Possible reasons for engine idling higher, and "auto revs?"
September 17, 2013 6:02 PM   Subscribe

Carfilter: Car had been running fine all summer. Saw a bit of this yesterday, more during today's commute. Engine idling slightly higher and it revs itself at rest. Otherwise, it runs normally under load.

It's an old B16A3 in an '95 manual transmission Honda del Sol. Normally, it idles at ~850rpm. Now, sometimes at rest, the engine idles at around 1100rpm but spontaneously fluctuates up to 1250rpm over a couple of seconds, backs down to 1100rpm over a couple seconds, fluctuates up to 1250rpm over a couple of seconds, &c.

Sometimes it'll go back to idling steadily at ~850rpm.

Otherwise, the engine behaves and sounds "normally" when under load. Have not noticed any dramatic difference in gas mileage or smell or torque. Mostly city driving with variable traffic.

Have not changed octane or source of fuel recently. Currently just under half a tank of gas. I don't think that this behaviour correlates with engine temperature/warmed-up-ed-ness. There's an aftermarket radiator that keeps the engine at or below 50% on the gauge no matter how adverse ambient/driving conditions have been. Ambient temperature has moderated but its not extreme (averaging 20'C instead of 25'C) but average engine temperature ~30% instead of ~45% on the gauge. About 5000km since last (synthetic) oil change, next recommended change at 7000km.

What could be some possible reasons for this sudden behaviour, is this a sign of imminent demise, and is the situation likely to become worse? I'm not sure if this behaviour is always replicable.

posted by porpoise to Travel & Transportation (6 answers total)
This thread has a number of possible culprits. Check your coolant level, check for vacuum leaks, followed by TPS sensor and then more expensive and/or annoying things.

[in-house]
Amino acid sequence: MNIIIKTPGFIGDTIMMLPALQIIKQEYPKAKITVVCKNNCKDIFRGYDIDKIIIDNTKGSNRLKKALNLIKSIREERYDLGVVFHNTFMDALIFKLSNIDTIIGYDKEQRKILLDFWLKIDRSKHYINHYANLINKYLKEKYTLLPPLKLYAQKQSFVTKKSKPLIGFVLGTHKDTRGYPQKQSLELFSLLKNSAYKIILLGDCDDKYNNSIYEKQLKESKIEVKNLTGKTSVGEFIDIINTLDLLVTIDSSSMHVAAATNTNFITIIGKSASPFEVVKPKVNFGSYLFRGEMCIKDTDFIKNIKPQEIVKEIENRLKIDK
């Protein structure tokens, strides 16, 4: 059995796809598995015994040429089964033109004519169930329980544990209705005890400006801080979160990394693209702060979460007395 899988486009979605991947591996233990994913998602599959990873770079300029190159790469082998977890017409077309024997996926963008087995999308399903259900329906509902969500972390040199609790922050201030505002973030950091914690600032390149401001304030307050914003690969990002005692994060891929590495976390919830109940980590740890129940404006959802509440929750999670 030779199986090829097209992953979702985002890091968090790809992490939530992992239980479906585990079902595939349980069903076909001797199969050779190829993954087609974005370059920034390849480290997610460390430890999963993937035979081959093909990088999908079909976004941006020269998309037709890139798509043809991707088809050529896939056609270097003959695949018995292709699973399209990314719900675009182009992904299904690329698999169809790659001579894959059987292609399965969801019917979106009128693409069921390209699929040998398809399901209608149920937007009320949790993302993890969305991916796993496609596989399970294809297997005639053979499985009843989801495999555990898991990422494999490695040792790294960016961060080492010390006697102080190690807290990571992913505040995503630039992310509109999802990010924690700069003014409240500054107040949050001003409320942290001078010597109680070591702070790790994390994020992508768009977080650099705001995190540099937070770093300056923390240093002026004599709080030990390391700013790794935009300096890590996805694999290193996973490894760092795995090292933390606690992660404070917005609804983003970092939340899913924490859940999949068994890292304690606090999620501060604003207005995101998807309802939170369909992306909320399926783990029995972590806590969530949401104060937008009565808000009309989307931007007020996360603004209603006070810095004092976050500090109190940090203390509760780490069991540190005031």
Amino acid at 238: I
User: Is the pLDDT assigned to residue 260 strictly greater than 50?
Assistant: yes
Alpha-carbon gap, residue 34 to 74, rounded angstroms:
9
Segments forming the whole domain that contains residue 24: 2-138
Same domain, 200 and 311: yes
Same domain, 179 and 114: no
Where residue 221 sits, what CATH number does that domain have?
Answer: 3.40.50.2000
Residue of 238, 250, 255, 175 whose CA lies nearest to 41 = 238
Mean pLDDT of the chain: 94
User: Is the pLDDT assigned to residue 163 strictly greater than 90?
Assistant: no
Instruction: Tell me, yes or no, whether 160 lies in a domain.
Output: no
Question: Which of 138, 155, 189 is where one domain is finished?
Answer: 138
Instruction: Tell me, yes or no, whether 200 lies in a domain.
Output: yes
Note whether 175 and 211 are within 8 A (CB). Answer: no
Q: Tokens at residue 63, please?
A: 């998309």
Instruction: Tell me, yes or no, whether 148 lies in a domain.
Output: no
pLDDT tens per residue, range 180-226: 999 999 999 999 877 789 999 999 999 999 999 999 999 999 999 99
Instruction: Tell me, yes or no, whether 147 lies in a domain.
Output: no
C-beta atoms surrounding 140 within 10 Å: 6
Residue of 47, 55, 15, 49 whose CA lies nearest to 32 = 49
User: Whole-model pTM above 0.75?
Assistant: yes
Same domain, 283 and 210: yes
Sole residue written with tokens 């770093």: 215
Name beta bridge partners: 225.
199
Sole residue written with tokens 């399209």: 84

posted by Slap*Happy at 6:25 PM on September 17, 2013

Is the check engine light on? I would say it can be few different things.

The first thing i would suspect is a vacuum leak, which isn't really helpful since there are LOT of potential leak areas. Check all the rubber vacuum lines on the intake to make sure they are connected and also for dryness/cracking.

Have you ever changed the O2 sensors? If not it is a pretty good idea on general principles for a car of this age and not too expensive.

I had a similar problem with a new Nissan Juke that was a cracked charcoal canister (this one will throw a check engine light).

And then all the other sensors, mass air flow, throttle position sensor and so on.

It is unlikely to cause this problem but have you checked the rotor/distributor and spark plug wires and spark plugs? these are pretty easy to check and replace and if original on the car (or even more than 5 years old) should be replaced anyway.
posted by bartonlong at 6:31 PM on September 17, 2013

Cheap things to try:
-Vacuum leaks - spray carb cleaner along vacuum lines, listen for engine changes.
-Throttle - Remove the snorkel (you can run without the air cleaner for a little bit at rest, no worries) clean the throttle blade with carb cleaner, wipe that fucker down.
-Pull the distributor cap. File off the grit at the contacts and on the rotor. Or replace the rotor and cap, and hell, the plugs too. Cakewalk.
-As mentioned above O2 sensor.

I have a 94 that still runs pretty well.
posted by notsnot at 8:09 PM on September 17, 2013

Best answer: In general, examine the accessible parts of your engine, and look for connections that have been knocked loose or dislodged, cracked or broken, or simply left open. Check your belts and belt tension.

Check your PCV valve, and make sure that it is properly seated and not stuck open. This can behave as a vacuum leak.

Check your oil fill cap, and make sure that it is well seated.

Check all your vacuum lines, very gently, because it's a disappointment to crack a brittle vacuum line or connector *while* looking for a vacuum leak.

Check your Idle Air Control Valve. They get a little gunky, and if it is stuck so that it cannot close all the way, the engine will always get extra air just like a vacuum leak, and the fuel injection will compensate by adding more fuel. Actually, don't check it: just remove the IAC, spray it out with IAC cleaner, and remount it, and see if that fixes it.

Check the throttle linkage and the throttle spring. Metal can get tired after 18 years.
posted by the Real Dan at 8:30 PM on September 17, 2013

Does a car that old have a Mass Airflow Sensor (MAF)? Because, the symptoms sound like a classic case of a MAF in its death-throes.
posted by Thorzdad at 5:49 AM on September 18, 2013

Response by poster: The IAC was an absolute mess. Thanks the Real Dan! That's what I suggested they look at first, after a little googling.

The shop cleaned it up but said the rest of the engine has a lot of carbon buildup, and the guy is soft-selling me Terraclean decarbonation for $180.

I'm thinking about it...
posted by porpoise at 7:52 PM on September 19, 2013

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